Arizona Cancels $1.25M Bridge for 250 Squirrels
Rope bridges were expected to save five squirrels a year from being road kill.
June 18, 2010 -- Arizona abruptly canceled plans today to spend $1.25 million to build bridges for a colony of 250 squirrels so they would not have to cross a rural road and could avoid becoming road kill.
John Halikowski, director of Arizona's Department of Transportation, halted the bridge project that was being paid for with federal highway funds.
"ADOT will not spend funds simply because they are available," he said in a statement.
"Protection of the red squirrel may be an appropriate effort," Halikowski said, "but not with transportation funding."
The money was being spent, officials said, because cars kill about five of these squirrels each year. The Mount Graham red squirrel is on the endangered species list.
The cancellation came after news reports, including one from ABC News, highlighted the planned expenditure.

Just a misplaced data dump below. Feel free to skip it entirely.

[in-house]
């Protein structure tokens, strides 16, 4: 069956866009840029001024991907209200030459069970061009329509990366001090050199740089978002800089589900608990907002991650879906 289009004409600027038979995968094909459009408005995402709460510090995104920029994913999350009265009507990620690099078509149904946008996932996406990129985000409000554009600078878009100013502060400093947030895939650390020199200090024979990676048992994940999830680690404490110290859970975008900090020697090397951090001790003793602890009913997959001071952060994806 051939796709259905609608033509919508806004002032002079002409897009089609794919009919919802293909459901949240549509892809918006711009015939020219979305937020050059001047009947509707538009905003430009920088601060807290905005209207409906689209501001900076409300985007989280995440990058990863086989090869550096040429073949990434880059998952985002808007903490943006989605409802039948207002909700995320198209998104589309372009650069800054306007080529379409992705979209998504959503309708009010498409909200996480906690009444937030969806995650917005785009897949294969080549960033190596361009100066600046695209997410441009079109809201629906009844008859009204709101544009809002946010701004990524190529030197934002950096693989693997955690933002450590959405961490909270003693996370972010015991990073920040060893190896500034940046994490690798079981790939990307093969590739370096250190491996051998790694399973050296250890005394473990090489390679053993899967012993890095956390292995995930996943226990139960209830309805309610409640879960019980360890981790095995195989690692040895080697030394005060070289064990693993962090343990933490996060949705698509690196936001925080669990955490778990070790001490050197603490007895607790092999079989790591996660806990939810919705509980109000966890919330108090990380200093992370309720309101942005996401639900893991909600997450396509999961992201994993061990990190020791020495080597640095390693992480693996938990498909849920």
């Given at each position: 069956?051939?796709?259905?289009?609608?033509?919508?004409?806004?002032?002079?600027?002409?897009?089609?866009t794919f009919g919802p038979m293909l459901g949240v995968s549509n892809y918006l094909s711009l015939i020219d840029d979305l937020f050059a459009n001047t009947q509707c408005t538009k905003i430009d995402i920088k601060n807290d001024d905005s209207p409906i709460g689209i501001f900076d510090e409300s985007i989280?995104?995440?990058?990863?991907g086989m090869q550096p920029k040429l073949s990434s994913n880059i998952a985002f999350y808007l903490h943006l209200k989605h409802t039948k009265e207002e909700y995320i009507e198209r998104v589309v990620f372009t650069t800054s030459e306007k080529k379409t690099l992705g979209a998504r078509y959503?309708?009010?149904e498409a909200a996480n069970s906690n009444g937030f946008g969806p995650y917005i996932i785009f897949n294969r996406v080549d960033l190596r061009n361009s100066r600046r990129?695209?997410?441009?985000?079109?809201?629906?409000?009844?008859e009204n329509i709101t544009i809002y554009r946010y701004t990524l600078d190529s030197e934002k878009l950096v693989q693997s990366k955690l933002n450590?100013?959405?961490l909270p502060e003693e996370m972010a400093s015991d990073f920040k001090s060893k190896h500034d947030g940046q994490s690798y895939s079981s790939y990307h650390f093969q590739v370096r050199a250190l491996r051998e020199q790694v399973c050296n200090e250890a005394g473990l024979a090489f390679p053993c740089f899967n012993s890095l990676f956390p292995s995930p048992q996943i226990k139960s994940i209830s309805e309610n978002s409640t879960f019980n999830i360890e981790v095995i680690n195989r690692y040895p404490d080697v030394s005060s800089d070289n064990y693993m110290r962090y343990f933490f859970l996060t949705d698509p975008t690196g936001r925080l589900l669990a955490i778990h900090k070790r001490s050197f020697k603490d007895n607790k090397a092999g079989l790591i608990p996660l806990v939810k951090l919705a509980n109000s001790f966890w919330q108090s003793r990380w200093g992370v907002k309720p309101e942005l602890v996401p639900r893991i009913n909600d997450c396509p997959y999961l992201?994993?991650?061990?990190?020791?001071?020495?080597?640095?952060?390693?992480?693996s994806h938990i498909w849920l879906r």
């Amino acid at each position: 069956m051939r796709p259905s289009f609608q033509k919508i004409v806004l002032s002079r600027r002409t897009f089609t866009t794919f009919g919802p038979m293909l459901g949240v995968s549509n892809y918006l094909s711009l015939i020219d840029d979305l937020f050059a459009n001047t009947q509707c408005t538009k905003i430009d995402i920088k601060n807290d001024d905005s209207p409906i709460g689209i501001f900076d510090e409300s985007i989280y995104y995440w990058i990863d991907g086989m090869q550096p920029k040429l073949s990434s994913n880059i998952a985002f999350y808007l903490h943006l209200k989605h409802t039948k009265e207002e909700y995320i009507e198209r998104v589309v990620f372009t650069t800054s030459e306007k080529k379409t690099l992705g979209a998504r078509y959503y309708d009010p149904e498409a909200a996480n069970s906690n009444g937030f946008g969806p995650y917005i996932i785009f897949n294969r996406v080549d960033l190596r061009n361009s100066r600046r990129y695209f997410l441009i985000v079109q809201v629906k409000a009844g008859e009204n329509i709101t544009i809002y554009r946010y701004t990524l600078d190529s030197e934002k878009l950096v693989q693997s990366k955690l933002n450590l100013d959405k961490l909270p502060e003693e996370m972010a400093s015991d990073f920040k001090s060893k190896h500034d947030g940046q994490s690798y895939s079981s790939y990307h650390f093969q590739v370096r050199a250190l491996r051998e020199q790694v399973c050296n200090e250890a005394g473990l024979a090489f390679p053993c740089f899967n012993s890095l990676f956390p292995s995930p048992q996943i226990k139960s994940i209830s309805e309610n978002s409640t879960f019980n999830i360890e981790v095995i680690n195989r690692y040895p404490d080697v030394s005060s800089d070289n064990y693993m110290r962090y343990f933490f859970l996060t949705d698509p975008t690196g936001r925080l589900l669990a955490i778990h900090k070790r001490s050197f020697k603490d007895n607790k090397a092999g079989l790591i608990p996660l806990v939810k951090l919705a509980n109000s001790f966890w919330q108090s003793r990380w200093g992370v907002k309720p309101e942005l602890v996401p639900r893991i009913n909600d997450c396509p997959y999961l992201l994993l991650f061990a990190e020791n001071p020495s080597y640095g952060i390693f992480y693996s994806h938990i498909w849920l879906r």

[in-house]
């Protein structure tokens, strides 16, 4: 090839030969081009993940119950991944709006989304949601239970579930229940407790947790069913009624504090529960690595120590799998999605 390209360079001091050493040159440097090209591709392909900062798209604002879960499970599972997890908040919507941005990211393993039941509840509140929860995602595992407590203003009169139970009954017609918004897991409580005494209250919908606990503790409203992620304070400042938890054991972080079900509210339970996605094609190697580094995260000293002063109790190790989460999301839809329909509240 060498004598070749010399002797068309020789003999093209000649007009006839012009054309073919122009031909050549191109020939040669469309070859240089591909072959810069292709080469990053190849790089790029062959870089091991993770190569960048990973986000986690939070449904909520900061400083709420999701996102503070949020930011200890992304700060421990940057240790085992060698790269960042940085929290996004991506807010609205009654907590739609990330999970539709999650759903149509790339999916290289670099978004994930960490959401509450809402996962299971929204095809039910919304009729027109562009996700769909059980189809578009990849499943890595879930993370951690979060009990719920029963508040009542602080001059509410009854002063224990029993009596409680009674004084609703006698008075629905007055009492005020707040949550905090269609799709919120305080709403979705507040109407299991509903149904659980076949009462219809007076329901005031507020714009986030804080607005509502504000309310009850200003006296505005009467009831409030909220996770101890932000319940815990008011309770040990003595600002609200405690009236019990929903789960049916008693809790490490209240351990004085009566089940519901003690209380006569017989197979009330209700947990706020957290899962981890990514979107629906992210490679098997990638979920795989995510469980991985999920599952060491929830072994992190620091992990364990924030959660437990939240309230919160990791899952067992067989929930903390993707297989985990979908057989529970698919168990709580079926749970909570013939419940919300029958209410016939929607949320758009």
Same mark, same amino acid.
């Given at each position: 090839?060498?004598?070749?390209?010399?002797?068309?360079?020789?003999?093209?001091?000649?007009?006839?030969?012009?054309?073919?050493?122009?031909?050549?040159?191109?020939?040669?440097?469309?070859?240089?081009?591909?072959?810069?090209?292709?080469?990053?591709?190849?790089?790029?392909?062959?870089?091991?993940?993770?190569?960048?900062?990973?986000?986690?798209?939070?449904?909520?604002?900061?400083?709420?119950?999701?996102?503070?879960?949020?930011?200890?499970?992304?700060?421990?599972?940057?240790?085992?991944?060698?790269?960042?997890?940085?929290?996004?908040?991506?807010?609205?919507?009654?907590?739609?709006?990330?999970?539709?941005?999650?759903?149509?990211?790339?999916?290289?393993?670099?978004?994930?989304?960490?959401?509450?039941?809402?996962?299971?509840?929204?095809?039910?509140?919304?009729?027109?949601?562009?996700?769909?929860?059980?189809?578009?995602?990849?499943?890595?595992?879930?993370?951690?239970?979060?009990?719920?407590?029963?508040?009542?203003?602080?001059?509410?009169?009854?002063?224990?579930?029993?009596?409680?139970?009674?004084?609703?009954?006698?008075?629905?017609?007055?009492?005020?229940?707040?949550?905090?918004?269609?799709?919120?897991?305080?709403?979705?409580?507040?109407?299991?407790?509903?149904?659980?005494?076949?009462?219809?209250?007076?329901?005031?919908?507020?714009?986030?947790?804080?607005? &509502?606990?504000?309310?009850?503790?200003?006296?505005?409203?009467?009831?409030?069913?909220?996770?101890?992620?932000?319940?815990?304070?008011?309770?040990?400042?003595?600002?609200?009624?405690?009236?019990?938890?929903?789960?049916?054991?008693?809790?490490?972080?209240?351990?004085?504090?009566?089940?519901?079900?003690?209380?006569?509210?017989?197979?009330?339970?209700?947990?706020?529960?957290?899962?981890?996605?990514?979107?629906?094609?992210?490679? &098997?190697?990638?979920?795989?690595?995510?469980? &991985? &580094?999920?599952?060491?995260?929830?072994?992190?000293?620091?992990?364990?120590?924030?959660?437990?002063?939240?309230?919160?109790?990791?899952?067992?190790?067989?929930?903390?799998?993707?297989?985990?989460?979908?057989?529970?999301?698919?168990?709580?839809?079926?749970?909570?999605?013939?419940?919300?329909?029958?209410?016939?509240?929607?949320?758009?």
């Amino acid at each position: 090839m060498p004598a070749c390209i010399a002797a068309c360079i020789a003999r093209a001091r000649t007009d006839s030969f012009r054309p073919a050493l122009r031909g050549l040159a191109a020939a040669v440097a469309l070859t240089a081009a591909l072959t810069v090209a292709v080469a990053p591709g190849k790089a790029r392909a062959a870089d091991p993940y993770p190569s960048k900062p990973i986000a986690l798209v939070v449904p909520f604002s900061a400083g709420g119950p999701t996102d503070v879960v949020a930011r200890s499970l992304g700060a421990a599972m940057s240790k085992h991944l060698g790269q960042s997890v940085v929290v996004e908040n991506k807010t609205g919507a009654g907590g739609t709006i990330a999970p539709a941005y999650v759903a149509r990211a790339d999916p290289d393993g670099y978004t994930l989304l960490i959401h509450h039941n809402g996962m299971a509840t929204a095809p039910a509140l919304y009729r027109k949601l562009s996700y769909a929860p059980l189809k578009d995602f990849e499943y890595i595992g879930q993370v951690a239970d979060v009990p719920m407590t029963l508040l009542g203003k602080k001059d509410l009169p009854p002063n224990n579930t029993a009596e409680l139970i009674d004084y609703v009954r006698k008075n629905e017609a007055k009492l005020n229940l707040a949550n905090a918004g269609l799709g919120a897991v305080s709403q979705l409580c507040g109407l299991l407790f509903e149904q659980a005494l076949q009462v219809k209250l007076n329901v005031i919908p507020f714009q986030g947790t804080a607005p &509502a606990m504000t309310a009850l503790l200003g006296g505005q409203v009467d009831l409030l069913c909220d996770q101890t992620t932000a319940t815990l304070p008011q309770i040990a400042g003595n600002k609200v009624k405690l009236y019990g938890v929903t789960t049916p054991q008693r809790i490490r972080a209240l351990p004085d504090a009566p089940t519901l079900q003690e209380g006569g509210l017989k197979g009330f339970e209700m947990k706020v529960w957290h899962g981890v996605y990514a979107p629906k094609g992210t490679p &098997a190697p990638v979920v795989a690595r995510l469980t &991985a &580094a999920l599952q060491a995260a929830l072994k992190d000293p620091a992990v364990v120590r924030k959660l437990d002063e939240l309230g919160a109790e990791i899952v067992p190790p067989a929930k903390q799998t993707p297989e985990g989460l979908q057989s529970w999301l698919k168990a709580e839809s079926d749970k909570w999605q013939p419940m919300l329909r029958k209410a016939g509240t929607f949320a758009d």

Halikowski did not specify how the $1.25 million would be used now, but said in his statement "if necessary, the department will forfeit the $1.25 million project cost and return the funds to Washington, D.C." rather than spend it on squirrels.
David Kincaid, city manager of the nearby town of Safford, welcomed the news.
"People were just bewildered about why would we spend $1.25 million on a project like this," he said. "I think it's probably best that it was handled this way."
The DOT planned to install 41 "canopy tunnel crossings," essentially ropes over the road, at a cost of $400,000. Another $160,000 was to be spent on cameras to monitor the bridges, and the rest of the money will fund a project to monitor the rodents.
They are called "canopy tunnel crossings" because they were to include a mesh tunnel through which only the Mount Graham red squirrels – and not other larger squirrel species – could fit. The tunnel would have protected the squirrels from predators like birds of prey.
The bridges also were to have an easy release mechanism to allow workers to disconnect them from the trees in the event that a tall truck needed to drive up to the Mount Graham International Observatory at the top of the mountain, or in the case of a forest fire.
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